But no seriously, I’m pretty sure the art for this one says State of Decay 2. Is this a prank? Does someone love me enough to change the whole internet to make it seem like Undead Labs had put out a sequel? Leave a mark on my mailbox if so and I shall write you a letter in a bottle….
This sequel makes Destiny 2 seem like a fresh take of that universe. Sure, there are some additions that we’ll get to with the same mediocrity as they’re worth, but I’m not sure I can recall a modern game adding so little and releasing as a full sequel. Is this how Splatoon 2 players feel?
For those that never touched State of Decay in either state (heh), you have a zombie apocalypse survive-a-thon where you build a community, find supplies, and knock out zeds. There are some other subtleties such as personality quirks of survivors, switching heroes, and various meters to keep satiated to add a twist to an idea I’ve waited to be fleshed out for years.
The main issue with the first game is that it’s got more bugs than plants. If you want more issues, I can abide. The standard cycle of scavenging has a soft ceiling that makes survival feel too simple in a world supposedly overrun, balancing hurts the meter juggling game, and the story never gave you much of a reason to thrive. It’s certainly still an experience about taking those micro-stories between survivors escaping death, but without something like an online-capable community to drive it, you just feel like you’re going in circles.
State of Decay 2 has similar issues. Very similar. In fact, here they are:
“The main issue with the first game is that it’s got more bugs than plants. If you want more issues, I can abide. The standard cycle of scavenging has a soft ceiling that makes survival feel too simple in a world supposedly overrun, balancing hurts the meter juggling game, and the story never gave you much of a reason to thrive. It’s certainly still an experience about taking those micro-stories between survivors escaping death, but without something like an online-capable community to drive it, you just feel like you’re going in circles.”
We’re not looking at exactly the same game as the first, but my petty point is that they’re simply too similar. It feels like a huge waste to not evolve the world in a mainline way, either to that online-driven community or towards that tighter story-driven system. What’s present is neither, choosing the same path of ambiguity as the first game almost exactly.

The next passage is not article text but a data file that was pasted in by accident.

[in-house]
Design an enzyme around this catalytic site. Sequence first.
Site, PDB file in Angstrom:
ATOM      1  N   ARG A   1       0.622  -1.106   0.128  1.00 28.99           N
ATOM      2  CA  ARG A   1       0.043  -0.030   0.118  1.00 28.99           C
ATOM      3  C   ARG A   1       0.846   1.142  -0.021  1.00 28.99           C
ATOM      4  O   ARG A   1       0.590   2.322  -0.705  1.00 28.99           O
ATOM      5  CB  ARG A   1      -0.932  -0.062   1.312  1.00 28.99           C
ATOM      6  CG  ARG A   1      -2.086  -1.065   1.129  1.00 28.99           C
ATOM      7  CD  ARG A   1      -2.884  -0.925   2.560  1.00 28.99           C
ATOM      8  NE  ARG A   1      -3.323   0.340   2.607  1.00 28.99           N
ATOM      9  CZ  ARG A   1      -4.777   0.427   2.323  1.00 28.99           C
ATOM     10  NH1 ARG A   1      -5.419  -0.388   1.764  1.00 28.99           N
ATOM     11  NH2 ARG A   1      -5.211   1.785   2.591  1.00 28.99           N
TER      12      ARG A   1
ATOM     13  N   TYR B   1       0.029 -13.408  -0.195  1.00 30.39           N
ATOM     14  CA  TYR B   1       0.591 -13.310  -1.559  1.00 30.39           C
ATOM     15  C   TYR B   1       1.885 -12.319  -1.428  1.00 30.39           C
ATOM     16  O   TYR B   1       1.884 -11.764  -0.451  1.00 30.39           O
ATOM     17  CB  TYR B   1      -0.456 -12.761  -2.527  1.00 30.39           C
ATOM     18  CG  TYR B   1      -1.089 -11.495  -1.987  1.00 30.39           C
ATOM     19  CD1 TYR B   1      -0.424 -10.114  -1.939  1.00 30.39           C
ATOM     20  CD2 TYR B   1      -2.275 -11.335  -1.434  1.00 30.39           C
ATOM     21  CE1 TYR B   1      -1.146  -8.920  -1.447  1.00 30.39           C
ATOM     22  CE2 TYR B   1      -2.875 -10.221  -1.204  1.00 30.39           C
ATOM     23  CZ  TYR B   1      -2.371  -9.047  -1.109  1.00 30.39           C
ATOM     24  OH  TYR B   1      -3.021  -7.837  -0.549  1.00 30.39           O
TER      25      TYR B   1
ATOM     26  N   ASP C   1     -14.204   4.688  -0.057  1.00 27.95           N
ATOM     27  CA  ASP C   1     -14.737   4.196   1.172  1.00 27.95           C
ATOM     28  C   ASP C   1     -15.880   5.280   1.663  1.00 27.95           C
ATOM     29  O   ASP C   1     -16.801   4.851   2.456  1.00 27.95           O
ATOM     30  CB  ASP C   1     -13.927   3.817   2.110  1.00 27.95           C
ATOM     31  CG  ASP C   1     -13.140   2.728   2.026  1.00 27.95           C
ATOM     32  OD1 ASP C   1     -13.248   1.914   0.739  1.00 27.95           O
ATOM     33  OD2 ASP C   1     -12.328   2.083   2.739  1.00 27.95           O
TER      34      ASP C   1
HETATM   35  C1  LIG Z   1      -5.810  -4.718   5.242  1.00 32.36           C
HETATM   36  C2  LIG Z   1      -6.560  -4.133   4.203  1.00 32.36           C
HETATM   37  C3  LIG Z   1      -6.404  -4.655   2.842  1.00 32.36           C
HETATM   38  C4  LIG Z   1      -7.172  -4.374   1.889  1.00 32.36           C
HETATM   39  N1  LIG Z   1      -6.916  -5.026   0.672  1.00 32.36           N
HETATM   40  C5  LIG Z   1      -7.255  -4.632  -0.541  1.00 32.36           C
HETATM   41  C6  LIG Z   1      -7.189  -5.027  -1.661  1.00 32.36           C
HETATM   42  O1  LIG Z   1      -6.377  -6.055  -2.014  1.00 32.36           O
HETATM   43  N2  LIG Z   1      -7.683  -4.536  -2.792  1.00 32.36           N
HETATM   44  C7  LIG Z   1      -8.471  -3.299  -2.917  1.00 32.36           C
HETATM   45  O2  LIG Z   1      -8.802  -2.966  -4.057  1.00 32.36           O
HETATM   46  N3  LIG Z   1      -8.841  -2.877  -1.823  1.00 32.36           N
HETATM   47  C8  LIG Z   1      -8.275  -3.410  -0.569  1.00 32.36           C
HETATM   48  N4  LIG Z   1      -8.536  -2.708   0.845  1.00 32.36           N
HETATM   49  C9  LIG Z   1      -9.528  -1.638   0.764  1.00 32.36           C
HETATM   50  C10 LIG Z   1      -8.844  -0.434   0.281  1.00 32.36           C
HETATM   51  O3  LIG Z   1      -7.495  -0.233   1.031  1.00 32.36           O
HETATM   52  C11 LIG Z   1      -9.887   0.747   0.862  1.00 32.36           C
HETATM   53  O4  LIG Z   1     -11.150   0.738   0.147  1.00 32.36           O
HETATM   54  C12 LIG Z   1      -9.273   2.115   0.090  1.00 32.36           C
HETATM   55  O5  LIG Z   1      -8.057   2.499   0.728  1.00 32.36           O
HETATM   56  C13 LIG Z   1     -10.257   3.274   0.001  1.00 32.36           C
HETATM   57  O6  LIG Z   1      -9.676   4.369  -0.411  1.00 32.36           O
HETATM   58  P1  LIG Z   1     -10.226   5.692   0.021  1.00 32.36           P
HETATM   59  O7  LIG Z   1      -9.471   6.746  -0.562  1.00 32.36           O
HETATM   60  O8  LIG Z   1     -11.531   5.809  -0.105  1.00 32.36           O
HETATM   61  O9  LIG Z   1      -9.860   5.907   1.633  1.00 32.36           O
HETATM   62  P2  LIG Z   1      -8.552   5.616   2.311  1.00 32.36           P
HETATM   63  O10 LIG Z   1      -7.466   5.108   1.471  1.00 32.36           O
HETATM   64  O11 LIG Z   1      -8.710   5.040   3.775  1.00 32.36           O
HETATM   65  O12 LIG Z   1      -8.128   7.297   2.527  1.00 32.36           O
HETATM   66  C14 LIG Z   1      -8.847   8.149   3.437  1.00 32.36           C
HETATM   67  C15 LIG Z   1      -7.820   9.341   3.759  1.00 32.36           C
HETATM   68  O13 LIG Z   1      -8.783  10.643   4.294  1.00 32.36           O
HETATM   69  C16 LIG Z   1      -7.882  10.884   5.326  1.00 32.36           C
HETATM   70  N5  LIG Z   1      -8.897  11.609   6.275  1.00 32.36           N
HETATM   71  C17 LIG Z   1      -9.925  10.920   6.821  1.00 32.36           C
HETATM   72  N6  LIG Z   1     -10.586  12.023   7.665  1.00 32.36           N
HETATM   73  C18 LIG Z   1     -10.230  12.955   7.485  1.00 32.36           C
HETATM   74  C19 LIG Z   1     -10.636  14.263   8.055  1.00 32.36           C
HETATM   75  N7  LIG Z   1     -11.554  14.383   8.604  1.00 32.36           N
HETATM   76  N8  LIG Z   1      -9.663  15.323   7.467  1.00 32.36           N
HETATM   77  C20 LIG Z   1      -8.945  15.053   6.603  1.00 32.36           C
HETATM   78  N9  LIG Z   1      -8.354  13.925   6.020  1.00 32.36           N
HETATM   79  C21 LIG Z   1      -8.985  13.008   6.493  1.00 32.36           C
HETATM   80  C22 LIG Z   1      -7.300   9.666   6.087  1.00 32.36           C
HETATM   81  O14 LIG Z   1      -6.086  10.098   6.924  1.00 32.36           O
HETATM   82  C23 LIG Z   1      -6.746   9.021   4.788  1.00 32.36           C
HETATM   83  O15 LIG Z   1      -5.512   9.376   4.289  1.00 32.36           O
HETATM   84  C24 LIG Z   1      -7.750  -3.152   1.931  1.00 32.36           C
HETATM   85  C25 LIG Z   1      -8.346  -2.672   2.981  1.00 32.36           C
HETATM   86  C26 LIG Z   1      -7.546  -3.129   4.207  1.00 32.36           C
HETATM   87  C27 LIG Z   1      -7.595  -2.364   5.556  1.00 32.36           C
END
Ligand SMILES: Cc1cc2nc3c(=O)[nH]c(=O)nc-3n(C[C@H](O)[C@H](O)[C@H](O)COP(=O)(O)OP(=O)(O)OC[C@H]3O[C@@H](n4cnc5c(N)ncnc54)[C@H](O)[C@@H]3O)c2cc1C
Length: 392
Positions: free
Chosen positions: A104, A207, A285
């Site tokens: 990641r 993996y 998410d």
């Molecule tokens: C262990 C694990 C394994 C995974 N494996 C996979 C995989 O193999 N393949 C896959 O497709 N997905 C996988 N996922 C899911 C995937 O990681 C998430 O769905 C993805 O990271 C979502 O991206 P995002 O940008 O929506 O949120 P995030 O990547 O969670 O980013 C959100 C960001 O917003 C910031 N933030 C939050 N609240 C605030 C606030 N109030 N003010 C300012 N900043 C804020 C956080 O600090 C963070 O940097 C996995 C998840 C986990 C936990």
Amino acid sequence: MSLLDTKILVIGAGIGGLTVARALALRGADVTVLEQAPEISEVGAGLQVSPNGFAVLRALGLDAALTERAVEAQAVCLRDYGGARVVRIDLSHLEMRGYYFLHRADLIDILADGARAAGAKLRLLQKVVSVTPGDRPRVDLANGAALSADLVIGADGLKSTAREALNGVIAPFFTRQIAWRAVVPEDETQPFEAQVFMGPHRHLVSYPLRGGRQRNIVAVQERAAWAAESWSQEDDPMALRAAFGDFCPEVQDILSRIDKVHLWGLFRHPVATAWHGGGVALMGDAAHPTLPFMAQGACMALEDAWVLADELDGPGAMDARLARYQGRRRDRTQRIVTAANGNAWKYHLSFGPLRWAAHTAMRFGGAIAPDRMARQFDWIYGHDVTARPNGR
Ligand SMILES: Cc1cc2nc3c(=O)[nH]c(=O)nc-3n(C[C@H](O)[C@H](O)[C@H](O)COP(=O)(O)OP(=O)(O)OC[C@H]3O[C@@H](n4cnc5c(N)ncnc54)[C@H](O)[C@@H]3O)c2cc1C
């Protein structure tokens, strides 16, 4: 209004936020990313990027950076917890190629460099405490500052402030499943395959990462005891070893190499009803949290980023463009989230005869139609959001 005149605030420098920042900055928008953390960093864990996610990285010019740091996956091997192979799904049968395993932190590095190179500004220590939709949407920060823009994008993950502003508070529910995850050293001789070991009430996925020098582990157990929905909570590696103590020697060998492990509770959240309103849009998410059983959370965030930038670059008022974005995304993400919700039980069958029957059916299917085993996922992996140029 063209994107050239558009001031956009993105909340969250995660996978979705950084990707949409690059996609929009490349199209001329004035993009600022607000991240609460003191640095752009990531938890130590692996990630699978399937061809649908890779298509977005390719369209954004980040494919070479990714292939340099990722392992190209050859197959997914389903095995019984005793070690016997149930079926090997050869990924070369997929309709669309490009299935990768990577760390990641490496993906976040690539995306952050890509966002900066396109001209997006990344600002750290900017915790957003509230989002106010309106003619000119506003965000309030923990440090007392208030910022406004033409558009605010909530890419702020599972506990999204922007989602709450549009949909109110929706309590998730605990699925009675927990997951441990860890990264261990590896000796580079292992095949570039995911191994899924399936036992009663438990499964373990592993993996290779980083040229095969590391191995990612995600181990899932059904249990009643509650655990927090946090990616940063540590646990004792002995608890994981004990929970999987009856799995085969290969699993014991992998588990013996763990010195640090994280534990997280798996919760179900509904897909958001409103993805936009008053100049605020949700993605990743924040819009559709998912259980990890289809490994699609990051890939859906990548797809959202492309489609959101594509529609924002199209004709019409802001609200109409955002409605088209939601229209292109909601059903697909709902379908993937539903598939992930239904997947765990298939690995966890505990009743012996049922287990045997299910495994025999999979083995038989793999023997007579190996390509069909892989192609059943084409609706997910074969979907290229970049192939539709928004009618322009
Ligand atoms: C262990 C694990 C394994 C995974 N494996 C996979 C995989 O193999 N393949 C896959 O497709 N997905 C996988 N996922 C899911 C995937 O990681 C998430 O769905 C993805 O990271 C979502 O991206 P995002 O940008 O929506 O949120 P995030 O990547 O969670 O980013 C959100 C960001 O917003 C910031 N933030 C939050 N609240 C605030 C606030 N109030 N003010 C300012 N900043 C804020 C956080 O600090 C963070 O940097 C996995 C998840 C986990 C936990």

The differences are mostly small with tweaks to balancing and how your home base builds. Even this has some annoyances such as the clunky interface, only a single build spot, and no real way to take care of conflicting compatriots unless you waste a chunk of gathering time staying at home. I know this world has walkie-talkies. Why can’t Brad tell me about his pride issues over the airwaves?
State of Decay 2 does have a – singular – gameplay addition that gives the undead a more hive-based origin. Their flavor of virus is now called the Blood Plague, which any character of yours can now contract with enough damage that runs down the clock until their lives are lost to the zombie hordes. This means you have to divert and frantically seek an antidote that you better have the means to make after the early stages or it’s curtains for your comrade. While these aren’t the deepest characters, you can still look at them as numbers that dwindle if you let them, which can serve as good motivation to seek out their salvation.
This bleeds into two other areas that branch off of giving the plague itself an identity: Blood Hearts and home defense missions. I am a complete sucker for any game that forces you to test your built defenses and allies in a home defense. There’s no simpler way to measure your preparedness or to keep you caring about the homestead than to place an ominous cloud on its horizon. Those aforementioned conflicts become all that much more intense when you’re about the only one that seems to care about the flimsy gates holding back an incoming horde.
Blood Hearts are tied to more powerful zombies in the world and serve as a hive mind for each of them. Obviously, they’re pulsating, vulnerable targets that must be taken out at some point, but with each swipe, more and more plague-infected minions storm the keep to take you out. These serve as natural tiers in the world that test your collective preparedness and supply caches, offering another natural reward in taking out the heightened danger for the area.
I love the identity of the plague and the three main additions that choice offers. It’s just a shame that each and every downfall of the first game is still present as well.
The story for State of Decay 2 feels even more barren than the first with those moment-to-moment survivor tales mostly reserved for co-op. While you’d think co-op could help that online community I spoke about, there’s virtually nothing that makes co-op feel like a good idea beyond having another backpack and gun. There’s no trade line set-up, no login bonus, no world interactions, nothing; co-op never feels like the natural setup to take into this world. I’m just as fine taking a computer partner as my donkey than waiting in the queue for someone to pop in.
None of this is to say that State of Decay 2 is a terrible experience or not worthy of the zombie survival tag. In fact, if there’s any game that works at that genre in a near triple-A way, it’s right here. The problem is that I’ve seen this game before. I recognize it so clearly as a buggy, barren, unrewarding station of cycles that feel pointless that not even the positive additions can save it from being boring. That’s the ultimate crime of it all because no virus anywhere in this world will ever kill as fast or as capably as boredom.
State of Decay 2 Score: